These rules are pre-compiled by the provider of the rules, and allow for more complicated rules, and allow for obfuscation of rules (say to detect attacks that haven’t been patched yet, but the vendor wants to allow detection without revealing the vulnerability). These rules are compiled by the vendor for specific systems. One of these systems is Ubuntu 12, and luckily these rules also work on Ubuntu 14 and 15.

Congratulations, if you have output similar to the above then you have successfully Configured PulledPork. Continue to the next section to install startup scripts for Snort and Barnyard2. Choose one of the two following links, depending on your version of Ubuntu. You will create an Upstart scripts for Ubuntu 12 and 14, and a systemD scripts for Ubuntu 15.

Choose One of the following to continue:
Ubuntu 12 and 14: Creating Upstart Scripts for Snort and Barnyard2
Ubuntu 15: Creating systemD Scripts for Snort

Snort 2.9.8.x on Ubuntu – Part 6: Creating Upstart Scripts for Snort 12 and 14

UPDATE: Snort 2.9.9.x has been released. Please see the updated series of articles here or my quick install guide here.

I am leaving this older guide online for anyone who wants to install this older version of Snort on Ubuntu, but you really should be using the updated guide for the 2.9.9.x version of Snort, since support for older versions of Snort are set to expire, and the updated guide is kept more up to date and includes BASE instead of Snorby for a Web GUI.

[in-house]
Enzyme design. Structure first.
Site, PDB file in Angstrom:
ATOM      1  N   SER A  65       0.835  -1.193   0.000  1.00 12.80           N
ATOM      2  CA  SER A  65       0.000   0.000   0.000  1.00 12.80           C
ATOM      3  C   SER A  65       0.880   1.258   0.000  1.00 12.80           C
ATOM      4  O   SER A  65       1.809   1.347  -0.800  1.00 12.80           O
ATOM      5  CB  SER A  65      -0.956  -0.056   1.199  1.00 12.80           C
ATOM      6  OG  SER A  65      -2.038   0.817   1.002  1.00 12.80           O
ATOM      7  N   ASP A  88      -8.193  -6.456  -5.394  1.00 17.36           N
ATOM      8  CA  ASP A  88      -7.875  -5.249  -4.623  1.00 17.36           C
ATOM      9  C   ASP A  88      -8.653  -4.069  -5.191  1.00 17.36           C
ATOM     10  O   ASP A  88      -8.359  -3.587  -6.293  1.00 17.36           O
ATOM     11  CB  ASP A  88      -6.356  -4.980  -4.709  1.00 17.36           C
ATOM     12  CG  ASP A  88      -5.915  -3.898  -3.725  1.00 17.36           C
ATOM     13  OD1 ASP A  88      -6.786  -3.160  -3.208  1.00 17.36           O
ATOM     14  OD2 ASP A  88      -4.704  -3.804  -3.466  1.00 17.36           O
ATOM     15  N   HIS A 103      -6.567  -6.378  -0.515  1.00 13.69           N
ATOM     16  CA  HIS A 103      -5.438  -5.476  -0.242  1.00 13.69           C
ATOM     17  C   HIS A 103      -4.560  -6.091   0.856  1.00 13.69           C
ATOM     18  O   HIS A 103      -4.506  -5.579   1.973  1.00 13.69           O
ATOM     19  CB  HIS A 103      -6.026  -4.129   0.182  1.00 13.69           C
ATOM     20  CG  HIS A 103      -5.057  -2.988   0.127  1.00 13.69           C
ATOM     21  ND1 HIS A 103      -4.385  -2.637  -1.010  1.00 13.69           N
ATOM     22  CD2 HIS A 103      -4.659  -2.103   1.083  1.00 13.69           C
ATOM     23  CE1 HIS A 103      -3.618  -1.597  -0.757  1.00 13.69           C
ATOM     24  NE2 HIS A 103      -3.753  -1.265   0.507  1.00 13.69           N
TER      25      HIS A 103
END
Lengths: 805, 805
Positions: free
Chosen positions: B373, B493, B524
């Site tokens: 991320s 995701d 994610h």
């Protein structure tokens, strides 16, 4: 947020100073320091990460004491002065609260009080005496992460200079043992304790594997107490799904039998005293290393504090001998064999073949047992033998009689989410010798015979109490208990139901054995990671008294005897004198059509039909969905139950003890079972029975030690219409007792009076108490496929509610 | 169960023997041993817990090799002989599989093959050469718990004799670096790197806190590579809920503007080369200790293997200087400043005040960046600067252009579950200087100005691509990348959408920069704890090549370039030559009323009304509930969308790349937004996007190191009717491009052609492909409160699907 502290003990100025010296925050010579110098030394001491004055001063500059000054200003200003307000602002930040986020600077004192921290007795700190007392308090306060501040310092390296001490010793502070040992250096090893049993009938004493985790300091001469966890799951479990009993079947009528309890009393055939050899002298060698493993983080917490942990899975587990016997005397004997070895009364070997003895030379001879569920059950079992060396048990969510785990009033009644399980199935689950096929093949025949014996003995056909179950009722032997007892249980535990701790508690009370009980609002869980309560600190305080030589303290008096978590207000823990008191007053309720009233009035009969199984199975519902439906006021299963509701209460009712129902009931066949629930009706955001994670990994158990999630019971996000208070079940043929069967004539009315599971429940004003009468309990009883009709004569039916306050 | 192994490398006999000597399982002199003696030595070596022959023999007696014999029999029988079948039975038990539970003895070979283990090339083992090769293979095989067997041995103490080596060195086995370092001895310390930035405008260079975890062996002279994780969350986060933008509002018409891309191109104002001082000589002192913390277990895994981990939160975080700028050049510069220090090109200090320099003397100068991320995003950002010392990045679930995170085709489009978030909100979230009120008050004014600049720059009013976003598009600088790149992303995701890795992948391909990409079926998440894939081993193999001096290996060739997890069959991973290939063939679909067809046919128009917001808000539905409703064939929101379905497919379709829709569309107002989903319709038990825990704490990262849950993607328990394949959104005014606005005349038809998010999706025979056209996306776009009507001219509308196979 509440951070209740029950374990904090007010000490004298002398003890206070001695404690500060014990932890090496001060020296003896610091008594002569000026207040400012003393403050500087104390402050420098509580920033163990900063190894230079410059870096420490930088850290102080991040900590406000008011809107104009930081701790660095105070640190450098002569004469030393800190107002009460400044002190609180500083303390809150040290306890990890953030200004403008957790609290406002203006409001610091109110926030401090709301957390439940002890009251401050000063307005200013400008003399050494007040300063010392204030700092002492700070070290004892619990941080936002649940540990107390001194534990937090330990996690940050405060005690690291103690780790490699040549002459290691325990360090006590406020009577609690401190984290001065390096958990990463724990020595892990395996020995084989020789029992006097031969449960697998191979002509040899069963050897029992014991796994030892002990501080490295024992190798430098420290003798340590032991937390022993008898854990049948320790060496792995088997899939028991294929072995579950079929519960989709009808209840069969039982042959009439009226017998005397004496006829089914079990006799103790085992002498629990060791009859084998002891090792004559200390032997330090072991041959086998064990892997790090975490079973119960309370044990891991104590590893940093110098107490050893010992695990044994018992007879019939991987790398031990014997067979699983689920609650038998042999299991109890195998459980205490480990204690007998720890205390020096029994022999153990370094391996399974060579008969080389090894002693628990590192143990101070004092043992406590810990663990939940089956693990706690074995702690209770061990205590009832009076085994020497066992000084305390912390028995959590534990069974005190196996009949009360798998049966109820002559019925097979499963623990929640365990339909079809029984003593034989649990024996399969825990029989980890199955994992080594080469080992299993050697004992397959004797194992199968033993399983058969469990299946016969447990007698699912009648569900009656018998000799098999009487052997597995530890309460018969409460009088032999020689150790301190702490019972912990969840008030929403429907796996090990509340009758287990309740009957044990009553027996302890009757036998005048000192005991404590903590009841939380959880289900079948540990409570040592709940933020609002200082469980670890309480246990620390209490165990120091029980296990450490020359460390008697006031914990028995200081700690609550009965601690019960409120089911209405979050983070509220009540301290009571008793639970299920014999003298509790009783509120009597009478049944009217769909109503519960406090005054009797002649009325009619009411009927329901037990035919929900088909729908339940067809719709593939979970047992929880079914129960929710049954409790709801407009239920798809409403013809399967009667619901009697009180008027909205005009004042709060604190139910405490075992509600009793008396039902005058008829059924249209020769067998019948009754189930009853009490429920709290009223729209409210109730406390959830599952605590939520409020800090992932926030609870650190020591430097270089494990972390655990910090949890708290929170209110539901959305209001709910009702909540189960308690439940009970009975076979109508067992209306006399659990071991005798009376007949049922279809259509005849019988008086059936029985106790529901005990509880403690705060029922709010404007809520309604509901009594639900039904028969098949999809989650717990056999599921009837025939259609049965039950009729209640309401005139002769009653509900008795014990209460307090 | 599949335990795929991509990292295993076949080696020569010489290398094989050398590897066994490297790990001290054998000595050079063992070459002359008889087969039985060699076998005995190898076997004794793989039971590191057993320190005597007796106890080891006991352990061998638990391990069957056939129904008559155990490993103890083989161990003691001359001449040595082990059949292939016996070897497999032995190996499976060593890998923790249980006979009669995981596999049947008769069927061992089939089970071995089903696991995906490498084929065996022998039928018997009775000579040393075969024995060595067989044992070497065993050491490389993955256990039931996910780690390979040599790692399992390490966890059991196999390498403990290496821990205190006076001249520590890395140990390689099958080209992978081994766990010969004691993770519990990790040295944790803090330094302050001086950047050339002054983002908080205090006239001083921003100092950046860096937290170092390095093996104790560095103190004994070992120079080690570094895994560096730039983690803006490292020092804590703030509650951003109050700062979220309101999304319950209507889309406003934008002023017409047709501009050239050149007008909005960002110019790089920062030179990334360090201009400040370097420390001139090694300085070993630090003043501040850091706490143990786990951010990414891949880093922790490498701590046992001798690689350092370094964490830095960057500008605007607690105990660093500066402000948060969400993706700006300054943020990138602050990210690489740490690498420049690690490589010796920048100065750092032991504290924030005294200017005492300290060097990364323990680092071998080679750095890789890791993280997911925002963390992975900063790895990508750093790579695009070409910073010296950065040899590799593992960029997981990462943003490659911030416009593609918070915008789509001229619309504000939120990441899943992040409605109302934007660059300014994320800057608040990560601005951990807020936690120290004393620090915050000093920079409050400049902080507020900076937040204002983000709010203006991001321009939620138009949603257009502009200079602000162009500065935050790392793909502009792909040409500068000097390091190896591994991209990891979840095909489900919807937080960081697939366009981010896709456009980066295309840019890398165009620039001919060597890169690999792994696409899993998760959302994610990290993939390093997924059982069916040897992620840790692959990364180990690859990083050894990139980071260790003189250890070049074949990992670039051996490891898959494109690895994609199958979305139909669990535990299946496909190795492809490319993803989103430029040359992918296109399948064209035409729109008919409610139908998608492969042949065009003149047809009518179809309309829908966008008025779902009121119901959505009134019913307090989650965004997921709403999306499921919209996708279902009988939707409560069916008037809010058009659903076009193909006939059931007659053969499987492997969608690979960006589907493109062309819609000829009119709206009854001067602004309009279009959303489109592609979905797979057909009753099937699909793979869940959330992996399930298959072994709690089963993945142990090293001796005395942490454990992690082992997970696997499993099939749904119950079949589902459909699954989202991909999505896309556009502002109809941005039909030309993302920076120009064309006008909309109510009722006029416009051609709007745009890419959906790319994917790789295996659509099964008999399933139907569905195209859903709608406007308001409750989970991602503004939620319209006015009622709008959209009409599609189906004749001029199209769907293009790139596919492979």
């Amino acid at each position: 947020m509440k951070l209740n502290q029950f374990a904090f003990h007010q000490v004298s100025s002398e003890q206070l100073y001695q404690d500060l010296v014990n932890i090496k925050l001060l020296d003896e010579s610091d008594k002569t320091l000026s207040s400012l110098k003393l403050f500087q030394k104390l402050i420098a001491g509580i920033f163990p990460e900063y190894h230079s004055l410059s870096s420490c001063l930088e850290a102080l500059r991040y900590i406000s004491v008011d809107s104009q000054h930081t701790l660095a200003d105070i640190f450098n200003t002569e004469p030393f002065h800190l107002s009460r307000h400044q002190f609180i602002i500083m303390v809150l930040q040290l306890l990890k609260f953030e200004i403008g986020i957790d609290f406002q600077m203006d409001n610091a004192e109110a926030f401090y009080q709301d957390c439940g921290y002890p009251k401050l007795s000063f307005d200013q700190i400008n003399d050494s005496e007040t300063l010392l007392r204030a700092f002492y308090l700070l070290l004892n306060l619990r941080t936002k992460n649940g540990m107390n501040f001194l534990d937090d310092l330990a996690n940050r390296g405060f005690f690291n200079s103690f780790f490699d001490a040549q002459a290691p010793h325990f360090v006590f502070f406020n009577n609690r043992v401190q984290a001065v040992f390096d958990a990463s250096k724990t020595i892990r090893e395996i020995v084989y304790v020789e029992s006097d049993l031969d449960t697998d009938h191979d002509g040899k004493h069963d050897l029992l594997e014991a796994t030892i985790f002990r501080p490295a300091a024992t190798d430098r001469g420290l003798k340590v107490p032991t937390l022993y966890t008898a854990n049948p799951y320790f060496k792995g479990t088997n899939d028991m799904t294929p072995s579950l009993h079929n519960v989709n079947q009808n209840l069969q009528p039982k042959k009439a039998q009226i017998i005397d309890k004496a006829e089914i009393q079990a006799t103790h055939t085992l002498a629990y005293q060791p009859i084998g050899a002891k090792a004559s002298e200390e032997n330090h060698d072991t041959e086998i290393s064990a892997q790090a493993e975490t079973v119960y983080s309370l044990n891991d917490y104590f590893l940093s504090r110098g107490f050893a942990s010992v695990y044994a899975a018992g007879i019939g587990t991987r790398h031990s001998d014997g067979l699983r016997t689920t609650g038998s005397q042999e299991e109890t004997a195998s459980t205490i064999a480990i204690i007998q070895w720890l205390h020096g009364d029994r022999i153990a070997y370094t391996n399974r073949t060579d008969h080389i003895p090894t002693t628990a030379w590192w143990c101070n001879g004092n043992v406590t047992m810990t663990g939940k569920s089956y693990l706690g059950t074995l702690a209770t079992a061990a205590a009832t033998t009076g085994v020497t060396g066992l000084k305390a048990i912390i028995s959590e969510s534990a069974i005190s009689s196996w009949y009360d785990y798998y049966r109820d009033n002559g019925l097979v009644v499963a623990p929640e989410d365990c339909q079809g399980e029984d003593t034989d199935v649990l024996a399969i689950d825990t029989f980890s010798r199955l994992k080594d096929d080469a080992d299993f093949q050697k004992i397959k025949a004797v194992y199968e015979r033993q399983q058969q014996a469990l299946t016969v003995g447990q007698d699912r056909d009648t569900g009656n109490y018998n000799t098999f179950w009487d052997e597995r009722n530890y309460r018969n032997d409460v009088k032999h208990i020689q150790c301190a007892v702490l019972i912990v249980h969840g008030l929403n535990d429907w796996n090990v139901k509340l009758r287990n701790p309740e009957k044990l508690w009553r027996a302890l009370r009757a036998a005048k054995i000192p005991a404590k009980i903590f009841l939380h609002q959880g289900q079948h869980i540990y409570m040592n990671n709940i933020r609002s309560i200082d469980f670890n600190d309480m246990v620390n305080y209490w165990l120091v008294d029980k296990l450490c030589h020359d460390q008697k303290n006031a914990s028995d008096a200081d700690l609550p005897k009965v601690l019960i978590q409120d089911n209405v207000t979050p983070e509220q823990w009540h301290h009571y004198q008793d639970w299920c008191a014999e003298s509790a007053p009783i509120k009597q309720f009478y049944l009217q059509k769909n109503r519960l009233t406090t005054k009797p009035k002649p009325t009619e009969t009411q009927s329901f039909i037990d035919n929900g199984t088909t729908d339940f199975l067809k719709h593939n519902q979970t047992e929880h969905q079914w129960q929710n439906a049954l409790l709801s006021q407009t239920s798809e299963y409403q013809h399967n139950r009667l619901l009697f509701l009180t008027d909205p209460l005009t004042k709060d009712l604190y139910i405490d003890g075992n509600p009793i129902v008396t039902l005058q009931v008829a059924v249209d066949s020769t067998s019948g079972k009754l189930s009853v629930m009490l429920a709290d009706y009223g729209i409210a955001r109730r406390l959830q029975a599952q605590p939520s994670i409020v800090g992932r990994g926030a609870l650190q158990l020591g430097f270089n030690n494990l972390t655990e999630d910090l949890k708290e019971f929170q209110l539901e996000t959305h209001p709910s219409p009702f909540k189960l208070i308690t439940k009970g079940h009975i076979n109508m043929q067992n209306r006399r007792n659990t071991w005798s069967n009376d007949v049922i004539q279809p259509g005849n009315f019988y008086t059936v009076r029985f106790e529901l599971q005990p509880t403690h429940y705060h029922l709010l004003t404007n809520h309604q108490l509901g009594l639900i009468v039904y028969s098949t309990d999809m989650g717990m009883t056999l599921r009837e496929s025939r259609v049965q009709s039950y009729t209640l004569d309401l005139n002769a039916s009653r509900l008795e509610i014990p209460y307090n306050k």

~~~~~~~~~~~~~~~~~~~~~~~~~~~~~~~~~~~~~~~~~~~~~~~~~

  1. Installing Snort
  2. Configure Snort to Run as a NIDS
  3. Writing and Testing a Single Rule With Snort
  4. Installing Barnyard2
  5. Installing PulledPork
  6. Creating Upstart Scripts for Snort
  7. Creating systemD Scripts for Snort
  8. Installing Snorby on Ubuntu 12
  9. Installing Snorby on Ubuntu 14
  10. Installing Snorby on Ubuntu 15
  11. Conclusion

Overview

Creating the Upstart Scripts for Ubuntu 12 and 14

In the previous articles in this series, we have created a complete Snort NIDS with a web interface and rulesets that automatically update.  In this article, we will finalize the configuration of our Snort service by creating Upstart scripts for the Snort and Barnyard2 daemons. If you are running Ubuntu 15, you should go see my systemD article instead of this article.

First create the Snort Upstart script:

sudo vi /etc/init/snort.conf